FIG. 4 is a schematic diagram of a transformerless version of the single-phase voltage protection circuit illustrated in FIG. 2. Polarized plug 114 receives the AC voltage from AC power line 10 (FIG. 1). Resistor 116 resistively couples the AC power line voltage to the anode of diode 120. Diode 120 rectifies the AC power line voltage providing a DC reference voltage at output terminal 124. Diode 118 is coupled between the anode of diode 120 and ground and resistor 122 resistively couples the cathode of diode 120 to ground, zener diode 126, filter capacitor 128, and resistor 130 are coupled between ground and output terminal 124. Zener diode 126 clamps the voltage at terminal 124 thereby limiting the peak DC reference voltage. Capacitor 126 smooths the DC reference voltage at terminal 124. A diode 132 couples output terminal 124 to a voltage divider comprising resistors 134 and 136, that provide a monitor voltage at node 133.
Dashed box 18 represents the digital voltage comparator circuit 18 illustrated in FIG. 2 with the addition of a filter capacitor 131 at the input of inverter 96. The digital inverters in digital voltage comparator circuit 18 are powered by the DC reference voltage at terminal 124. The input of digital voltage comparator circuit 18 receives the monitor voltage at node 133 and the comparator output is coupled to a solid state relay 133.
Solid state relay (SSR) 139 receives the DC reference voltage from rectifier circuit 113 at input terminal 124. SSR 139 is coupled to AC power line 10 (FIG. 1) at terminal 135 and the user equipment 22 (FIG. 1) at terminal 137. Solid state relay 139 operates similarly to switch control circuit 20 in FIG. 2. Solid state relay 139 represents any of a number of known solid state switching devices used to switch an AC load, for example, a power transistor, SCR or triac, whose operation is known to one skilled in the art.
Upon the AC line voltage going outside the voltage window set within monitor circuit 18, the fault indication signal at the output of inverter 96 goes low. Solid state relay 133 is deactivated, disconnecting the AC power line from the AC user equipment. After the AC line voltage returns within the voltage window, as described above for FIG. 2, the output of inverter 96 goes high, reconnecting the AC power supply to the AC user equipment.
Since SSR 139 does not require as much power to operate as mechanical relay 112 (FIG. 2), a separate transformer/power supply circuit is not required. Thus, the DC monitor voltage and DC reference voltage can be provided by the same transformerless power supply circuit 113. There is also no need to isolate the power supplies for the switch control circuit and the digital voltage comparator circuit since SSR 139 does not generate noise upon activation, as does a mechanical relay. Due to the small operating current of SSR 139 and digital voltage comparator circuit 18, the control circuit in FIG. 4 uses less energy than similar analog voltage control circuits.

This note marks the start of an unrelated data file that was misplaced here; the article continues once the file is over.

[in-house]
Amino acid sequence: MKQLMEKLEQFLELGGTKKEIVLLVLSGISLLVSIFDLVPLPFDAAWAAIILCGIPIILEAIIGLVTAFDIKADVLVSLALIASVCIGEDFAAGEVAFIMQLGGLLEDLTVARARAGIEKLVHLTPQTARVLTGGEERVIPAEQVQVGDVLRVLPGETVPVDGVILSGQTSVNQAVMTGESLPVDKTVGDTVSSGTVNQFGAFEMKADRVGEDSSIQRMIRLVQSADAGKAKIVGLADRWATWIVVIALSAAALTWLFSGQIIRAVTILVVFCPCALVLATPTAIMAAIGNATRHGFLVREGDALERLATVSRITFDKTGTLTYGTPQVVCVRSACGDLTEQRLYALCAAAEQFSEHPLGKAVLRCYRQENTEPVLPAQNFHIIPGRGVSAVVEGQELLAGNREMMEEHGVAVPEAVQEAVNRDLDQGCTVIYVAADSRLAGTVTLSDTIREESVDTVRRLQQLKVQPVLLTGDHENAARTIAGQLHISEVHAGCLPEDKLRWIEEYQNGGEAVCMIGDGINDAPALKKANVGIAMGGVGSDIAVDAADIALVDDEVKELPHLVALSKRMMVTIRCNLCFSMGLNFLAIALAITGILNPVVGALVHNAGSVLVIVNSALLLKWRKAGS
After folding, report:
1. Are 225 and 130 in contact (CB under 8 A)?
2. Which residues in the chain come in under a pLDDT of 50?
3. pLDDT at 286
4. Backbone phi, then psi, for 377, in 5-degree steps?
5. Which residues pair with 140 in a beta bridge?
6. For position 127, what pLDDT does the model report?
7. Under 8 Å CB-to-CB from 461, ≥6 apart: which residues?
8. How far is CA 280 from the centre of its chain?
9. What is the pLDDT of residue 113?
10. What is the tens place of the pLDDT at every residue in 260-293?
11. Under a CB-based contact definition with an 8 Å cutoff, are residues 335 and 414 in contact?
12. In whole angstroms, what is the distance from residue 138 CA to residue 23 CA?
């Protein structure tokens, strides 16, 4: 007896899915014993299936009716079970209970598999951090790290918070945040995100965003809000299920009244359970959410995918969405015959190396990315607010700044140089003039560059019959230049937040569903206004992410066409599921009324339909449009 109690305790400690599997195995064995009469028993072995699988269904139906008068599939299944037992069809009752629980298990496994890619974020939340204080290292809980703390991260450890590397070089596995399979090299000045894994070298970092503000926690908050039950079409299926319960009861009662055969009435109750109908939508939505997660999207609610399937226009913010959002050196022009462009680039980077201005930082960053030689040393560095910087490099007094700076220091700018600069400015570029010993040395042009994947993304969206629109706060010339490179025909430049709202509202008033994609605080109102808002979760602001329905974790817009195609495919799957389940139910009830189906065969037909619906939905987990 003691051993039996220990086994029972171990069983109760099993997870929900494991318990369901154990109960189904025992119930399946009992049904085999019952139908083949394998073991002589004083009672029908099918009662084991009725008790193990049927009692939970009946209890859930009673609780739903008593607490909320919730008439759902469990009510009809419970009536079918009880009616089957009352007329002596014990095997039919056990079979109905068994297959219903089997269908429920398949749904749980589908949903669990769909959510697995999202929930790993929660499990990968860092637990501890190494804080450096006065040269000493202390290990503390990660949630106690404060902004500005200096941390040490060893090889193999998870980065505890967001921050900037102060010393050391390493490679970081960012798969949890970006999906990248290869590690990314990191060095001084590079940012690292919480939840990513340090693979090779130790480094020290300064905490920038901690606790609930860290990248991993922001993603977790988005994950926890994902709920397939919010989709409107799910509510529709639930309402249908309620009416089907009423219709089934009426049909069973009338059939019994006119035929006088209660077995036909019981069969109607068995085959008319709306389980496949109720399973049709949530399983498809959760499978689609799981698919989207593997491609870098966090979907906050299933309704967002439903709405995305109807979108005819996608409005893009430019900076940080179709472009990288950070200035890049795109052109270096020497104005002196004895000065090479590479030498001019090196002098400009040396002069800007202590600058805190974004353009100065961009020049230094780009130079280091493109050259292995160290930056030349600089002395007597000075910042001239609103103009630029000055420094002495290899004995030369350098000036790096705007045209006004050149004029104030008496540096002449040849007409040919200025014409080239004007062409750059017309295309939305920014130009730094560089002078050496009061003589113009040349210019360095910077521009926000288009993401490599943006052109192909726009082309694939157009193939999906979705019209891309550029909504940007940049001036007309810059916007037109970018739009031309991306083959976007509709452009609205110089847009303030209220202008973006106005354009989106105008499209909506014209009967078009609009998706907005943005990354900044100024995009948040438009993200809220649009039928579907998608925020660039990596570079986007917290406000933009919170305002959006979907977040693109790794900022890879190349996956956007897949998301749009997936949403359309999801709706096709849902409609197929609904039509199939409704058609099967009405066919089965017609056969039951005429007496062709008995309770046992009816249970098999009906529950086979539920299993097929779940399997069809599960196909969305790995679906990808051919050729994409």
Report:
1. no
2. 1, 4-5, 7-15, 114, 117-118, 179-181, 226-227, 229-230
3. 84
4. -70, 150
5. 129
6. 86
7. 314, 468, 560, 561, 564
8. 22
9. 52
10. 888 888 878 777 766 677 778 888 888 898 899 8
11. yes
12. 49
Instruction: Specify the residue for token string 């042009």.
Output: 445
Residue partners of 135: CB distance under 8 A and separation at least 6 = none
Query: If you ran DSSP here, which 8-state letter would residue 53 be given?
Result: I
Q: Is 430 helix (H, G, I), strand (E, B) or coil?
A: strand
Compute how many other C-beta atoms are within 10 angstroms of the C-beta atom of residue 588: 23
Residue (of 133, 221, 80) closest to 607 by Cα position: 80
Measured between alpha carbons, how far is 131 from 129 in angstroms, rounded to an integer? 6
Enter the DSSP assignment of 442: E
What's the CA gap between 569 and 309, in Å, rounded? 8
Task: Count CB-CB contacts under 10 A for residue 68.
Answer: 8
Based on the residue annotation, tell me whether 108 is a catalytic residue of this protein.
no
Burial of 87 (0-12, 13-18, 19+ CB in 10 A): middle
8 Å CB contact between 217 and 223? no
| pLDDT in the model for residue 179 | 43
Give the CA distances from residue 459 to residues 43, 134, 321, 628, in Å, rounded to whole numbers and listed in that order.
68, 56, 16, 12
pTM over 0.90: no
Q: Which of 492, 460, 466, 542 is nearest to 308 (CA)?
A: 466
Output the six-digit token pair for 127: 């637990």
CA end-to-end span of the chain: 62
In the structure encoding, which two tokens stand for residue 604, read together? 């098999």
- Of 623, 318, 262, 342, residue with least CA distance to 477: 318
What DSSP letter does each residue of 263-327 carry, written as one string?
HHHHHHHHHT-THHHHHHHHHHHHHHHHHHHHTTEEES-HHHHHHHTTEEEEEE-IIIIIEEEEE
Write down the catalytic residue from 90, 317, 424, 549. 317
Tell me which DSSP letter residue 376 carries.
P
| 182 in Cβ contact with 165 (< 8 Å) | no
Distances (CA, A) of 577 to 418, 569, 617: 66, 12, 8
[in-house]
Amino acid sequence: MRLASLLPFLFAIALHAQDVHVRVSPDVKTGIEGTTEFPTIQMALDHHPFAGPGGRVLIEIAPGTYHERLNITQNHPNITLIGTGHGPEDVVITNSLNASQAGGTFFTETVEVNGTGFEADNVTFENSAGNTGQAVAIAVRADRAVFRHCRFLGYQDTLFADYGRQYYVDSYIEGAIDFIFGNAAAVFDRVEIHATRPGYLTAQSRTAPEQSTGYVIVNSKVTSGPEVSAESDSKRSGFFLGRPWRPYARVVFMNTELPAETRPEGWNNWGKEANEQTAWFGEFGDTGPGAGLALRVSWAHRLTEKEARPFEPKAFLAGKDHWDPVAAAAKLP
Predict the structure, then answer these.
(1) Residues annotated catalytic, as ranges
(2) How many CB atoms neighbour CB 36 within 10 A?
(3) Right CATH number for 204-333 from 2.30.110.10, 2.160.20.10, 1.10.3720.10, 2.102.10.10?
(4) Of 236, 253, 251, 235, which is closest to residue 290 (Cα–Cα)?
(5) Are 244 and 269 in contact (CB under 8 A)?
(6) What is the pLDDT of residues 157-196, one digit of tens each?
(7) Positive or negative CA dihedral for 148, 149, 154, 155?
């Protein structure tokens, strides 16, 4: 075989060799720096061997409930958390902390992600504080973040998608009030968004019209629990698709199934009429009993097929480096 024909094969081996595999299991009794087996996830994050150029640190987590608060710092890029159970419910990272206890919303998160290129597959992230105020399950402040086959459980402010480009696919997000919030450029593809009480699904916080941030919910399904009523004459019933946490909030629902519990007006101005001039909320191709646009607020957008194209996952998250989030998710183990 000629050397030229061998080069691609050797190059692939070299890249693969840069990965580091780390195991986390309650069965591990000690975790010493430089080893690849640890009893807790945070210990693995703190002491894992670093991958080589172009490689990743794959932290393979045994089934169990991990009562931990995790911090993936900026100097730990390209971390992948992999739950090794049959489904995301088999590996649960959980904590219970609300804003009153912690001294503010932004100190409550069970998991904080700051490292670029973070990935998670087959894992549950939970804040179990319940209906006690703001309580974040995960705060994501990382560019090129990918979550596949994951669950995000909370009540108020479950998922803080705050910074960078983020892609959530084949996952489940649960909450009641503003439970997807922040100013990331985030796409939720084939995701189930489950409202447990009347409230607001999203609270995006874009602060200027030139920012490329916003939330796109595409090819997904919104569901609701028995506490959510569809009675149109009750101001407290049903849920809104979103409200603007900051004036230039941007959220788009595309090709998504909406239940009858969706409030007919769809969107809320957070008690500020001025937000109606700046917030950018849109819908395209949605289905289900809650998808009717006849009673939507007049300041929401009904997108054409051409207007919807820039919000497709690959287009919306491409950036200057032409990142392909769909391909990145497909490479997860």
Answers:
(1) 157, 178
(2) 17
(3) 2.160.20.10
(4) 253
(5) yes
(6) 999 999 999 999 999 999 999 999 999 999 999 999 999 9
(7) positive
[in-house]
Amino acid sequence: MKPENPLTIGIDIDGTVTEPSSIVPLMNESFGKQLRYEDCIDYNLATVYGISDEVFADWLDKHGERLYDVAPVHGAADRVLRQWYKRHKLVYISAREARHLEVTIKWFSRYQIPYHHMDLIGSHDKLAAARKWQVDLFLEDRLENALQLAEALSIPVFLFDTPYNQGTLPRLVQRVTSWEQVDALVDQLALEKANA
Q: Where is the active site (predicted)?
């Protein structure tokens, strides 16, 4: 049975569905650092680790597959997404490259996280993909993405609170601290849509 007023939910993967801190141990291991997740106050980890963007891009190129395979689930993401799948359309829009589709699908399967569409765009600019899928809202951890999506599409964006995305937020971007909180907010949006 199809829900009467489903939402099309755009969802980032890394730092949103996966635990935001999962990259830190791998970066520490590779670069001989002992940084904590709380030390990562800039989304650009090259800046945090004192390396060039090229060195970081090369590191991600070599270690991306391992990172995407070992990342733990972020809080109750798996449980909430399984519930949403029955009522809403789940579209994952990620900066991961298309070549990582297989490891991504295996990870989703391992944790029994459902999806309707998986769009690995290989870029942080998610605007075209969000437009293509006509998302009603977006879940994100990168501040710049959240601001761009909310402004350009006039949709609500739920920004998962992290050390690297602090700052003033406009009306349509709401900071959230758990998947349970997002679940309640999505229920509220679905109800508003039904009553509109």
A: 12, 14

FIG. 5 is a schematic diagram of a three-phase voltage control circuit according to the present invention. Each phase of a three- phase power supply 141 is received by one of the voltage protection circuits 138A, 138B, and 138C. The output from each protection circuit is fed through a diode into switch control circuit 20 at node 201. Switch control circuit 20 operates similarly to switch control circuit 20 illustrated in FIG. 2.
A single phase of power supply 141 is coupled to the first terminal 140A of relay 112, here shown as phase A. A contactor 184 is coupled between power supply 141 and switch 190 to three-phase motor 182. The second switch terminal of relay 112 is coupled to a coil 188 in contactor 184. The opposite coil terminal is coupled to the neutral of phase A. Phase A of the power supply is converted to a DC voltage by diode 170 and filter cap 172, and clamped by resistor 174 and zener diode 176 to form a DC reference voltage at terminal 178 "+V". +V provides supply to relay J-K flip-flops 162 and 168, and transistors 154 and 160.
Voltage protection circuits 138A, 138B, and 138C operate in a similar manner as the protection circuit described in FIGS. 2 and 4. Each voltage protection circuit provides over-voltage and under-voltage protection for a separate phase of the power supply. The protection circuits can use either the transformer based circuit of FIG. 2 or the transformerless solid state relay controlled circuit of FIG. 4. When any phase of the power supply is outside the predetermined voltage window, the voltage protection circuit coupled to that phase generates a fault signal at node 201. The fault signal turns on transistor 100 disconnecting phase A from coil 188 of contactor 184. The removal of power from coil 188 cause contactor 184 to disconnect three-phase power supply 141 from motor 182.